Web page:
In the early west, one of the cowboy’s most important pieces of equipment was his hat. It shaded his eyes from the sun, kept the rain off his neck and, in a pinch, served as a bucket for water and feed. It was an integral part of his existence, and he was seldom without it. It was the first thing he put on in the morning, and the last thing he took off at night. Today’s cowboy, and those who fancy western apparel, expect no less from their hat than the cowboy in the old west. It reflects their taste and lifestyle. In this age of cheap workmanship, it is difficult to find the hat to fit these needs. It’s with that thought that Rand’s approaches the design and construction of their custom hats. Utilizing traditional artisan’s tools and skilled craftsmen, we have achieved a quality product that combines the skills of the past with the concerns of today. Antique copper steamers, wooden sizing blocks, curved pencil curling irons and other traditional implements abound at Rand’s, reminding us that the skills of the past are still with us.


Club-X Prize for April

Barnes BULLDOG® Range Bag. One of the newest additions to the Barnes accessory line. Heavy-duty, durable Nylon, water-resistant outer shell. Large main compartment with removable divider. Outer pockets for extra storage. Adjustable shoulder strap. Deluxe padding and quality. Dimensions are 13″x7″x7″. Embroidered with “Barnes Optimized for your Target”. Retail value: $34.99.


Barnes Monthly Facebook Contest


APRIL QUESTION: Who designed the first commercially available cartridge to push a projectile over 3,000 fps?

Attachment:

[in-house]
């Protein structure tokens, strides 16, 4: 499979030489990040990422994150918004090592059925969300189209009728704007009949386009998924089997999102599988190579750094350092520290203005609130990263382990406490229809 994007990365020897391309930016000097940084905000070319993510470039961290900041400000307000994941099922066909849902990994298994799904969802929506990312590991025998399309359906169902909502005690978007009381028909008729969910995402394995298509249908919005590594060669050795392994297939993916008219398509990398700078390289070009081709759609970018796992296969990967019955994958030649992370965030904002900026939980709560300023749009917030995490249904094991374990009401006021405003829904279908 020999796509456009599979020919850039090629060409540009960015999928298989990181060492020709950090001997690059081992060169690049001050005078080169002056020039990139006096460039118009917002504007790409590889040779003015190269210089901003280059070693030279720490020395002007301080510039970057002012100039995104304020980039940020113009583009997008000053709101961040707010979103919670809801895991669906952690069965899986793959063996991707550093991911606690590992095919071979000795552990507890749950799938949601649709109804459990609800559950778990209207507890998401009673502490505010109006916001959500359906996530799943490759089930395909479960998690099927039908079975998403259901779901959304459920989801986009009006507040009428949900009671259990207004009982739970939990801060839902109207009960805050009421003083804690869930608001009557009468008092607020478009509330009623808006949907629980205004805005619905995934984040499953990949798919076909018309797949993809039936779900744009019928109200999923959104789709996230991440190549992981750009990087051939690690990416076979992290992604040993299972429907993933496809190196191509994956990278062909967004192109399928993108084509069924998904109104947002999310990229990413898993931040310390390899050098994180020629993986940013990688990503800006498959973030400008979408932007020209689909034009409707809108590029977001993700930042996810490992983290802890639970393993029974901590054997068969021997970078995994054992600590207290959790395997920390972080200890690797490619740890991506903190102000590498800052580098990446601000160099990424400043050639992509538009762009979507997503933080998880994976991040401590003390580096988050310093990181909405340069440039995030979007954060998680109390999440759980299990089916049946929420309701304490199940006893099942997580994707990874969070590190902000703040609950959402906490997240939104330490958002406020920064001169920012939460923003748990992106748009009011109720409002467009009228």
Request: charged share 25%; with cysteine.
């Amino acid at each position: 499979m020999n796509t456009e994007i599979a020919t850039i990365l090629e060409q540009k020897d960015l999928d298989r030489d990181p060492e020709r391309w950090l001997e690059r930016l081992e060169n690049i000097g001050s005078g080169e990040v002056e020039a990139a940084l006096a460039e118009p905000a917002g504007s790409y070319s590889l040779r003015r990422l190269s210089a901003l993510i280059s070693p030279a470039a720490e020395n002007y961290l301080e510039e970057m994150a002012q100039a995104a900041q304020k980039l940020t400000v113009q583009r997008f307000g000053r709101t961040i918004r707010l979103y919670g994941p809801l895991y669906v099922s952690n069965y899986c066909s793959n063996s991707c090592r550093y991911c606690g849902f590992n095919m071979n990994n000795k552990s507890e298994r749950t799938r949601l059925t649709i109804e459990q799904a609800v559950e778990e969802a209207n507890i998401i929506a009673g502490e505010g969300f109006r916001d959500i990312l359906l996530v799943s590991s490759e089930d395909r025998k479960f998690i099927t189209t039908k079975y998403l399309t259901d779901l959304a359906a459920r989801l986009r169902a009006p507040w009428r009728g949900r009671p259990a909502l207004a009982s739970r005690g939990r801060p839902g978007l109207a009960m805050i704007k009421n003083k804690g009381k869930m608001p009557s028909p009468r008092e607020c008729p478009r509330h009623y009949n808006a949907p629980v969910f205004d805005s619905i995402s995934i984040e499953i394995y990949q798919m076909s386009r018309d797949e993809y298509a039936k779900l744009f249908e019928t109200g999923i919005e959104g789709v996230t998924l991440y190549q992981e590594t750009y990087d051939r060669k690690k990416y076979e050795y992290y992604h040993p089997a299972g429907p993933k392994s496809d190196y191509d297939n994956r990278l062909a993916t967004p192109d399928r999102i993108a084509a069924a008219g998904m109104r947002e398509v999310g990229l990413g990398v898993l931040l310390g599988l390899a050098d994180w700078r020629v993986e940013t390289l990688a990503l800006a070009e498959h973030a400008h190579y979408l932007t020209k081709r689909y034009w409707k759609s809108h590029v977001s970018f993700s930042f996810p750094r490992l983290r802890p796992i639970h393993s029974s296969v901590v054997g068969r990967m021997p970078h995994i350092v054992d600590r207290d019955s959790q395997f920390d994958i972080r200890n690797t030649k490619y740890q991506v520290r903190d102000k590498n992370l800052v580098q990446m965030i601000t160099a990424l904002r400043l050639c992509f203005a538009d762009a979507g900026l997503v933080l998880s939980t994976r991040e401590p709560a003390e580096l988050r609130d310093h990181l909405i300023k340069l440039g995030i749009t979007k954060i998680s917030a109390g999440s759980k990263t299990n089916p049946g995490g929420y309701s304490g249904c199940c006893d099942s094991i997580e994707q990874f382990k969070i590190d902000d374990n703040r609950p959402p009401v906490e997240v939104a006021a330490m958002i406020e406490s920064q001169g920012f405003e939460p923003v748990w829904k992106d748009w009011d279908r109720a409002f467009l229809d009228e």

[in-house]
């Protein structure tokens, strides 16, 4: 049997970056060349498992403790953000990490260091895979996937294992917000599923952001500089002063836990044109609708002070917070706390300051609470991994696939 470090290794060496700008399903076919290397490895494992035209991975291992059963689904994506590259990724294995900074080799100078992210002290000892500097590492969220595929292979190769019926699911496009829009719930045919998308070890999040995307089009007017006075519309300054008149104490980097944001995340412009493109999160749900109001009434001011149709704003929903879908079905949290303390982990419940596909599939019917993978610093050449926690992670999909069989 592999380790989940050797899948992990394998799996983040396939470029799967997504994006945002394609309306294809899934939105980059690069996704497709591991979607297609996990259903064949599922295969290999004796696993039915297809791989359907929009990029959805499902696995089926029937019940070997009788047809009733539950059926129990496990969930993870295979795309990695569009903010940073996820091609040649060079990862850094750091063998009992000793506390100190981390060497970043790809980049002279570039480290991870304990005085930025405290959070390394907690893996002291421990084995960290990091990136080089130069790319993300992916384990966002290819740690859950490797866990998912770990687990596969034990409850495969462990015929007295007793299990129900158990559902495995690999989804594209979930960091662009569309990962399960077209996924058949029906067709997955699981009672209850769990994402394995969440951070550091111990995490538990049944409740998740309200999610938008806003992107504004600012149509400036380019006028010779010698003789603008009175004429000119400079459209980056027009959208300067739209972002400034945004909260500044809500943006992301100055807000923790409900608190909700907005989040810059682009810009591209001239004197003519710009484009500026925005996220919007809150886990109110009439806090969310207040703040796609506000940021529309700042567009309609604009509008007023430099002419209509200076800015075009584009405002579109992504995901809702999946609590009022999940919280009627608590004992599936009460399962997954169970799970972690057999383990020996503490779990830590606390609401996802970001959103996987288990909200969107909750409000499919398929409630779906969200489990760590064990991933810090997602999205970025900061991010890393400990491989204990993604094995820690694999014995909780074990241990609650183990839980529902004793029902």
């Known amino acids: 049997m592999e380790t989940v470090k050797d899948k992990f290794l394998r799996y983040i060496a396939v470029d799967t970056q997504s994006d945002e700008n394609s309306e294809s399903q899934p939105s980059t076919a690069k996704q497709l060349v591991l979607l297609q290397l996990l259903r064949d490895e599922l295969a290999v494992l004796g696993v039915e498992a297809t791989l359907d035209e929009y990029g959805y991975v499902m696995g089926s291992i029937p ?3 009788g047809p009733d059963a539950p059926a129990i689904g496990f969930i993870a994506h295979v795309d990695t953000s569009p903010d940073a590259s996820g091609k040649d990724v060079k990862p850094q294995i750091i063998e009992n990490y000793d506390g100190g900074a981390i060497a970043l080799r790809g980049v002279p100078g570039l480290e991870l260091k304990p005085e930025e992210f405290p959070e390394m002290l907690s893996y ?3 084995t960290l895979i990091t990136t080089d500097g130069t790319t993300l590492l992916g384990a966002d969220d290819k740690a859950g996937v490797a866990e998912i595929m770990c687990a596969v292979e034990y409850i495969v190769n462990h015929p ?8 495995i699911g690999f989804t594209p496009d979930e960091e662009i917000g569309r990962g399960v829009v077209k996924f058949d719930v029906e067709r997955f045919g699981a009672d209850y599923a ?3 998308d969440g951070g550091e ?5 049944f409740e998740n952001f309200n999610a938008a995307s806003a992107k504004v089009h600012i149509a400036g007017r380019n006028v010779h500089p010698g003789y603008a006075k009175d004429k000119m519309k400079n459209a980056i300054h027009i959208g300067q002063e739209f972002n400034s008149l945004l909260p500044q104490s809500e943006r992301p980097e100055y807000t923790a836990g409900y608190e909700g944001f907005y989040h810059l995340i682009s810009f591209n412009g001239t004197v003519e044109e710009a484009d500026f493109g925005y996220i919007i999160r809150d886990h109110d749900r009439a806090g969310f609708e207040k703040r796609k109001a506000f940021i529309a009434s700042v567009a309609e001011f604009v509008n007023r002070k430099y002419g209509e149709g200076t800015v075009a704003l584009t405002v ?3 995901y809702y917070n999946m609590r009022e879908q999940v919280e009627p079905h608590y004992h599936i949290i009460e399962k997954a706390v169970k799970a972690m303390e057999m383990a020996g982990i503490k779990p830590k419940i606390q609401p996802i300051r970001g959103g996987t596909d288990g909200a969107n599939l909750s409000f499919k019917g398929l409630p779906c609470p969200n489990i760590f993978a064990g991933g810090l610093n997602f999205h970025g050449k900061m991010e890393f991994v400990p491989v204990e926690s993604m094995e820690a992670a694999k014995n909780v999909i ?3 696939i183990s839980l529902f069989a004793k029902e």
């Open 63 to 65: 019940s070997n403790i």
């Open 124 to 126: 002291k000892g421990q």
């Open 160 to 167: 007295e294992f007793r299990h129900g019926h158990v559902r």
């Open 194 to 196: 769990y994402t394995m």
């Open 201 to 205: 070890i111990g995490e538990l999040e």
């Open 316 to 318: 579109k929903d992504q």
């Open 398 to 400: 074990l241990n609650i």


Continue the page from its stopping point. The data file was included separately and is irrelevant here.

Guess the right answer and win a free box of Barnes VOR-TX Ammunition or Barnes Components. The posting may begin on or after Thursday, April 5th at 8:00 am Mountain Time. Posts made before that time will not be accepted.

We will be posting this announcement on the Barnes Facebook page on or after Thursday, April 5th by 7:30 am Mountain Time so be sure to get there first! Good luck.

March Facebook Contest Winner:
Rod Jack guessed the correct answer to March’s question. He received a box of 308 Winchester 150 grain Tipped TSX bullets.

March Question:
The Barnes XLC or “blue bullet” was the first upgrade to the X Bullet line. What does the acronym XLC stand for?
Answer:
X Lubricated Coating, or X Lubricating Coating would have been accepted.


Parting Shots

 

Barnes Bullets:

I decided to try a box of the Barnes 223 caliber 52 gr. flatbase Match Burners in my Savage 223 LRPV. I hadn’t heard much about Barnes in the benchrest area but gave them a try anyway.

All I can say is I’m IMPRESSED. Attached are two targets from some load development with AA2230 powder. Obviously, it really likes either 24.0 or 25.0 gr. of AA2230.

Just wanted to share some pleasing results.

Thanks,

Mark Harrison